French Heavy Tank St.Chamond
Early Type/Iron Mask Man
Takom 1:35 Scale Kit #2002
Review by Terry Ashley
Another point of note is the early versions used 326mm wide track, later increased to 412mm and finally to 500mm wide but this doesn’t seem to correspond with the production types as period photos of the two marking options in the kit “Chantecoq” and “Fantomas” of AS31 both show them to be the second production version but with the later 500mm wide track that is included in the kit. Other early types are seen with the narrower early track so you should take care if you wish to model a different tank than those included in the kit markings options.
- 258 parts in light beige plastic
- 230 Track link parts in black plastic
- 1 small decal sheet
- 1 x 20 page instruction booklet
The standard of moulding is excellent with clean crisp details and virtually no visible pin marks of flash on the parts with just the usual fine mould lines to be removed as just a few of the additional plastic nodes on some parts. The hull rivet and panel detail is very well done with additional strips for the roof riveted strips to add additional detail definition. All the hull hatches are separate parts but there is no interior provided apart from the full 8mm Hotchkiss M1914 machine guns of which only the barrels can be seen after assembly.
Dimensionally the kit measures out very well to available data although the only 1:35 plans I have are in the GUNpower 29 book listed below but quite frankly I wouldn’t be putting my house on these as there are some clearly evident errors. Especially with the suspension with the drive sprocket teeth depicted incorrectly and the idler wheels drawn about 2/3 the size they should be along with some other suspension components shown too small in the plans. The kit drive sprocket, idlers and details match available photos perfectly so you should dismiss any concerns if comparing the book plans to the kit parts in that regard.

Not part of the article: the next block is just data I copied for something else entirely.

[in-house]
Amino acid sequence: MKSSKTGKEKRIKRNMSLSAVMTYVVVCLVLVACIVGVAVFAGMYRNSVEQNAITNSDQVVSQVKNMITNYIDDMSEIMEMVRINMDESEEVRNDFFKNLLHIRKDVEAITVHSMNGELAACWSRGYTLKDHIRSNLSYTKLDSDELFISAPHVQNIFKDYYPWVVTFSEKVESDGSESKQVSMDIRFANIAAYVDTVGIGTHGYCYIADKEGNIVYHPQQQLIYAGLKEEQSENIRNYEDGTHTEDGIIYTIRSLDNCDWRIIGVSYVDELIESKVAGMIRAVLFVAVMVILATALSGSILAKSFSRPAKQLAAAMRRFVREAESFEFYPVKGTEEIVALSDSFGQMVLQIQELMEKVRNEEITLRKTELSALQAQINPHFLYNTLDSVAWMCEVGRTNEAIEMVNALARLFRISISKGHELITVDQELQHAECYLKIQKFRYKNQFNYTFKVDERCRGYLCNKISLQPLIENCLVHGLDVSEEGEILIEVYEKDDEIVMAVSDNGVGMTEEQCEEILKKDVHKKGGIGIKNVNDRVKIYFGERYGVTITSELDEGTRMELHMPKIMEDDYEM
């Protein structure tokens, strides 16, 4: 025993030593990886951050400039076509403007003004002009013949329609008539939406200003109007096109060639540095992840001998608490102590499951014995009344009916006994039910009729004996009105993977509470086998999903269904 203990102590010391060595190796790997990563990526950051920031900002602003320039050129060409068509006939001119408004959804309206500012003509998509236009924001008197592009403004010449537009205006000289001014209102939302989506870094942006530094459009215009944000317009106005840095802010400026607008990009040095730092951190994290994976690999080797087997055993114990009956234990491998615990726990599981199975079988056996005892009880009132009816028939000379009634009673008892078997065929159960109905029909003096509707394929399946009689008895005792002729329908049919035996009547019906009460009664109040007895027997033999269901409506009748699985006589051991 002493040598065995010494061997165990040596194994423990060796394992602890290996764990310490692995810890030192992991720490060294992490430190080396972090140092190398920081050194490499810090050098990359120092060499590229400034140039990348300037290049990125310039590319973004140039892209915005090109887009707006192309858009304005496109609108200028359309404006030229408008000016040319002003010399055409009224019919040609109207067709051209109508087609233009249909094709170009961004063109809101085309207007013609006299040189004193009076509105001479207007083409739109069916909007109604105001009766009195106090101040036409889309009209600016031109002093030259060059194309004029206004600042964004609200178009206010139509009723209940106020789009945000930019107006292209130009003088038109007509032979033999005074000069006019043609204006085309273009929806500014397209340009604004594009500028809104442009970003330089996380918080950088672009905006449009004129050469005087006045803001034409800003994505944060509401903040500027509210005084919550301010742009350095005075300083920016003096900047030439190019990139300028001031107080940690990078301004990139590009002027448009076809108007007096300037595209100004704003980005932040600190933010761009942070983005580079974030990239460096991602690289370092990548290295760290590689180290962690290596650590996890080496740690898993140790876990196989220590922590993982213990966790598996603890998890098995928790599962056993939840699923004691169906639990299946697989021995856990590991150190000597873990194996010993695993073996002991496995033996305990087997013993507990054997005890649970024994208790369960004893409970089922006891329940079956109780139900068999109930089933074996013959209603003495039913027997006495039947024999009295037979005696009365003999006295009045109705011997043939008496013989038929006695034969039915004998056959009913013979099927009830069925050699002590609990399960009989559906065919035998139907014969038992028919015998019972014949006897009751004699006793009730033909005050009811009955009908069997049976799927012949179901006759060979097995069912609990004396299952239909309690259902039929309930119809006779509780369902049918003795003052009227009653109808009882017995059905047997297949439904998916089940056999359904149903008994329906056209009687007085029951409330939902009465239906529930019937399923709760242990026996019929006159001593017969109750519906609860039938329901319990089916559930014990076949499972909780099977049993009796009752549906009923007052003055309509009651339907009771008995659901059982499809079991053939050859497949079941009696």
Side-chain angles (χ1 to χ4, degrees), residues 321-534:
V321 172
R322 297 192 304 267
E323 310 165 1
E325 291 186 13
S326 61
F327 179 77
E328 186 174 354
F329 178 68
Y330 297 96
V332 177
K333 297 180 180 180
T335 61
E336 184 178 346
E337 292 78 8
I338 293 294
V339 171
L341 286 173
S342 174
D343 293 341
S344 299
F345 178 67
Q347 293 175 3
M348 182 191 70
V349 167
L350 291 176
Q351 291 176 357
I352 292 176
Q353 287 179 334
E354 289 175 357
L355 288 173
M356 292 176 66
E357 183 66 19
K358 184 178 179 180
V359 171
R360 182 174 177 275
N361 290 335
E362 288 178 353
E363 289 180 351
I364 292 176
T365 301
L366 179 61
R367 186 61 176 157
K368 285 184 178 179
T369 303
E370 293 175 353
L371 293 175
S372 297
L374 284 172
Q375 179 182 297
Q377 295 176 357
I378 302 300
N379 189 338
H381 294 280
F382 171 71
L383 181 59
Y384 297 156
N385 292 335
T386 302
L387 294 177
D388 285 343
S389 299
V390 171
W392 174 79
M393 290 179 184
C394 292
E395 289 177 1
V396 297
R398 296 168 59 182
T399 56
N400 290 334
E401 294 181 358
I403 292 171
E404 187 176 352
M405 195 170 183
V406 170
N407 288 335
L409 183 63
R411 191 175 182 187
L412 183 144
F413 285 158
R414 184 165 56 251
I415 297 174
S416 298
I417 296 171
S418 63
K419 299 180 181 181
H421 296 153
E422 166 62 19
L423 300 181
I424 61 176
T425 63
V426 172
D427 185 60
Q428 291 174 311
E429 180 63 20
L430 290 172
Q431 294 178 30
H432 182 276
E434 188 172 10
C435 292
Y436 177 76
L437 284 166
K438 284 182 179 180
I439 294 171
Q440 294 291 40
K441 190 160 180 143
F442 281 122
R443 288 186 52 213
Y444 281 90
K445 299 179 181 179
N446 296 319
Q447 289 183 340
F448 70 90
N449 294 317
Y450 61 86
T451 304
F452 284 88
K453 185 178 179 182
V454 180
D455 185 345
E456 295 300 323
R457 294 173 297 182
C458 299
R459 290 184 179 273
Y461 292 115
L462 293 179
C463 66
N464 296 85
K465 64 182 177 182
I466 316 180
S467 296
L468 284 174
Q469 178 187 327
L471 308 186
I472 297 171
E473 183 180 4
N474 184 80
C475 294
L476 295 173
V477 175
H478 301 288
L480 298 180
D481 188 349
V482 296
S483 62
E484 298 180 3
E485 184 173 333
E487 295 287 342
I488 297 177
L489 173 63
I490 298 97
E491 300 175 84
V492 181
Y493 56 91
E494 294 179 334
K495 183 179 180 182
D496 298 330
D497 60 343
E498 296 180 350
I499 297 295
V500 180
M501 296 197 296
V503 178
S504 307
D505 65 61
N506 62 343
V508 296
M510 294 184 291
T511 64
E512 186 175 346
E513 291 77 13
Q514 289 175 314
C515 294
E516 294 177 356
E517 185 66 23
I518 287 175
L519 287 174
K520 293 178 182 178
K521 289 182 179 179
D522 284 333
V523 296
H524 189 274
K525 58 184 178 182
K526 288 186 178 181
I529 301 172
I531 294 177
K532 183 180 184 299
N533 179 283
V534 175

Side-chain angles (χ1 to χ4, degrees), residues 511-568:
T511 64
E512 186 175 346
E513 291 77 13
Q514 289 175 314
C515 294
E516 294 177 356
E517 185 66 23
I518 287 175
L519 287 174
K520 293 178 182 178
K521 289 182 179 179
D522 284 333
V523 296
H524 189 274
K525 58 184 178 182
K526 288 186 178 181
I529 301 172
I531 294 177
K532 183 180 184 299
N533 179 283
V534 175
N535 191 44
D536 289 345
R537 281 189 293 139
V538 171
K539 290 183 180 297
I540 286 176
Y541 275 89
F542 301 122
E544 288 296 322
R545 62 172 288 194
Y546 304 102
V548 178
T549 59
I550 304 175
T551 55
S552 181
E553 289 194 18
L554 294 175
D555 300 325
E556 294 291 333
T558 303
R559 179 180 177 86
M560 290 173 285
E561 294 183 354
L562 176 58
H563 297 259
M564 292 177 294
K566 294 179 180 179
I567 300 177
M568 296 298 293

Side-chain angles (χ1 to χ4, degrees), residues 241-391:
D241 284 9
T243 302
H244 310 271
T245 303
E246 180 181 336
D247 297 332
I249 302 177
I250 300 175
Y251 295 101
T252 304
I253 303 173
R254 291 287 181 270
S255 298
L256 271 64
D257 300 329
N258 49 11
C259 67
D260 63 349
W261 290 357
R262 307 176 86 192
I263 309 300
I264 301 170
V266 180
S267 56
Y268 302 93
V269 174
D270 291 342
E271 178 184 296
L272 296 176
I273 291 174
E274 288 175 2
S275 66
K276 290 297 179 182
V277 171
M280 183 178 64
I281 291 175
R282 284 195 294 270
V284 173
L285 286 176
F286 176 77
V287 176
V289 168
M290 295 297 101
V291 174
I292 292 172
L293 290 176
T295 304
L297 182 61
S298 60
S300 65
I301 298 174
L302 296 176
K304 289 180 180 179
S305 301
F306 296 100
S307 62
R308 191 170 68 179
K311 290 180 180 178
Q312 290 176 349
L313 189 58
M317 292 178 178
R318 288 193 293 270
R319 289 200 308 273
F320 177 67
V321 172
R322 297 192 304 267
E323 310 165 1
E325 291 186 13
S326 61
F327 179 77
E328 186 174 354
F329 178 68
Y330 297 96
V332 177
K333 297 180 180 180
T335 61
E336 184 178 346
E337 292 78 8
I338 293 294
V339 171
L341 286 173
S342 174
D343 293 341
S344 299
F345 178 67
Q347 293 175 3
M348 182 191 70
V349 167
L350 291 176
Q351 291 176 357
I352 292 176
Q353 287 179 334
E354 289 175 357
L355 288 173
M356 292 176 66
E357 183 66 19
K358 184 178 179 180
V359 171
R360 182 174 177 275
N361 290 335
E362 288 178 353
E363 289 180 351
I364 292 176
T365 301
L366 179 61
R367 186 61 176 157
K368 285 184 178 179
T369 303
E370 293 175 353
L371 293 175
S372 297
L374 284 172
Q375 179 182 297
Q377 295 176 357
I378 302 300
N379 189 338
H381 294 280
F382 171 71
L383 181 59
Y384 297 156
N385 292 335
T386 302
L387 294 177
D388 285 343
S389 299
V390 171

There is a discrepancy with the hull length between the kit and the GUNpower plans but given the known issues with the plans I’m not going to make a big deal of this as the other hull dimensions all match and the kit hull looks in proportion.
The main hull is a single large moulding with additional plates for the front and rear panels, these have bevelled edges for a perfectly flush join line. The only clean-up is the sprue segments inside the hatch openings and as mentioned the rivet and panels is very well done with other details such as the small top turrets and hatches, the exhaust pipe and muffler for fairly quick and easy assembly. The four Hotchkiss MGs fit into swivel mounting added from inside the hull allowing the guns to move after assembly, the guns are nicely detailed but you may wish to drill out the muzzle for a better appearance although this is a very small hole in scale (about 0.2mm) so it’s up to you if you wish to do this?
The separate front plate again has excellent rivet and panel details with the 75mm canon in two halves leaving the small join line to be eliminated and the gun will elevate slightly after assembly if you wish, as mentioned the front plate has a bevelled edge for a perfect flush join not requiring any filler.
There is a separate hull floor plate to which is attached the suspension and lower hull plate fittings that takes up most of the parts and is extremely detailed with the multi-part lower hull mountings that include the final drives for the drive sprockets and the side bogie mountings. The instructions don’t mention but if you wish the drive sprockets to be movable you should not glue the sprockets (parts A16) to the inner drum (parts A18) but leave the sprockets loose and just trap them between the drum and the outer girder (part A30) when fitting to the axles.